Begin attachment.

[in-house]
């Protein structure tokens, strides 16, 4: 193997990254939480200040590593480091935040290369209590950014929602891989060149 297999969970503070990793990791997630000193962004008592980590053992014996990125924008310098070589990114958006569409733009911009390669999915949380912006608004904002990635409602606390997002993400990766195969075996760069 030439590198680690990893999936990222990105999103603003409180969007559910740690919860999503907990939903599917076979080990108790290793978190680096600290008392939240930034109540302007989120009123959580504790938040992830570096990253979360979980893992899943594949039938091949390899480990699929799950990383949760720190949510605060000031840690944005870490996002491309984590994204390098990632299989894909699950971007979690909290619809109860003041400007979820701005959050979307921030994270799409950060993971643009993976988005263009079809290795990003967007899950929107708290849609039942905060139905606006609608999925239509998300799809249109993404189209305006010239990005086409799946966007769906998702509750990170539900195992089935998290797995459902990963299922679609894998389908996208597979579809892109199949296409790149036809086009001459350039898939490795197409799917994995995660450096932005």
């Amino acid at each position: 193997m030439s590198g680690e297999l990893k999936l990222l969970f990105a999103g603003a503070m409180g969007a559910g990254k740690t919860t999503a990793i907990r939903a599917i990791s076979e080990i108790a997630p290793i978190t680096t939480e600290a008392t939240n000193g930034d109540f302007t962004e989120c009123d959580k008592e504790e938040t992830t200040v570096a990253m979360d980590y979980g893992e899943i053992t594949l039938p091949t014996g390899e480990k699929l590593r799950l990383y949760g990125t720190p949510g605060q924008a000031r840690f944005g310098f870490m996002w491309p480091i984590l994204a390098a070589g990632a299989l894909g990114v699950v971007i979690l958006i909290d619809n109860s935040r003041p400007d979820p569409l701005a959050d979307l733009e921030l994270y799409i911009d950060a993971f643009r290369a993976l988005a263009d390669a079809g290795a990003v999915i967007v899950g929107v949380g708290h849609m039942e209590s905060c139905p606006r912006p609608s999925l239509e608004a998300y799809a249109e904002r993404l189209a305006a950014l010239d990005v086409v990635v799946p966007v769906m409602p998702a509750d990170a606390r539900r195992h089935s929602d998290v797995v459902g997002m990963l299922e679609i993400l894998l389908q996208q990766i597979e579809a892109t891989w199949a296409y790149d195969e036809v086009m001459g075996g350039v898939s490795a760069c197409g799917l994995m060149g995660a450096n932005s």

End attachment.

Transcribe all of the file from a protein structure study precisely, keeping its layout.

[in-house]
């Protein structure tokens, strides 16, 4: 193997990254939480200040590593480091935040290369209590950014929602891989060149 297999969970503070990793990791997630000193962004008592980590053992014996990125924008310098070589990114958006569409733009911009390669999915949380912006608004904002990635409602606390997002993400990766195969075996760069 030439590198680690990893999936990222990105999103603003409180969007559910740690919860999503907990939903599917076979080990108790290793978190680096600290008392939240930034109540302007989120009123959580504790938040992830570096990253979360979980893992899943594949039938091949390899480990699929799950990383949760720190949510605060000031840690944005870490996002491309984590994204390098990632299989894909699950971007979690909290619809109860003041400007979820701005959050979307921030994270799409950060993971643009993976988005263009079809290795990003967007899950929107708290849609039942905060139905606006609608999925239509998300799809249109993404189209305006010239990005086409799946966007769906998702509750990170539900195992089935998290797995459902990963299922679609894998389908996208597979579809892109199949296409790149036809086009001459350039898939490795197409799917994995995660450096932005």
């Amino acid at each position: 193997m030439s590198g680690e297999l990893k999936l990222l969970f990105a999103g603003a503070m409180g969007a559910g990254k740690t919860t999503a990793i907990r939903a599917i990791s076979e080990i108790a997630p290793i978190t680096t939480e600290a008392t939240n000193g930034d109540f302007t962004e989120c009123d959580k008592e504790e938040t992830t200040v570096a990253m979360d980590y979980g893992e899943i053992t594949l039938p091949t014996g390899e480990k699929l590593r799950l990383y949760g990125t720190p949510g605060q924008a000031r840690f944005g310098f870490m996002w491309p480091i984590l994204a390098a070589g990632a299989l894909g990114v699950v971007i979690l958006i909290d619809n109860s935040r003041p400007d979820p569409l701005a959050d979307l733009e921030l994270y799409i911009d950060a993971f643009r290369a993976l988005a263009d390669a079809g290795a990003v999915i967007v899950g929107v949380g708290h849609m039942e209590s905060c139905p606006r912006p609608s999925l239509e608004a998300y799809a249109e904002r993404l189209a305006a950014l010239d990005v086409v990635v799946p966007v769906m409602p998702a509750d990170a606390r539900r195992h089935s929602d998290v797995v459902g997002m990963l299922e679609i993400l894998l389908q996208q990766i597979e579809a892109t891989w199949a296409y790149d195969e036809v086009m001459g075996g350039v898939s490795a760069c197409g799917l994995m060149g995660a450096n932005s």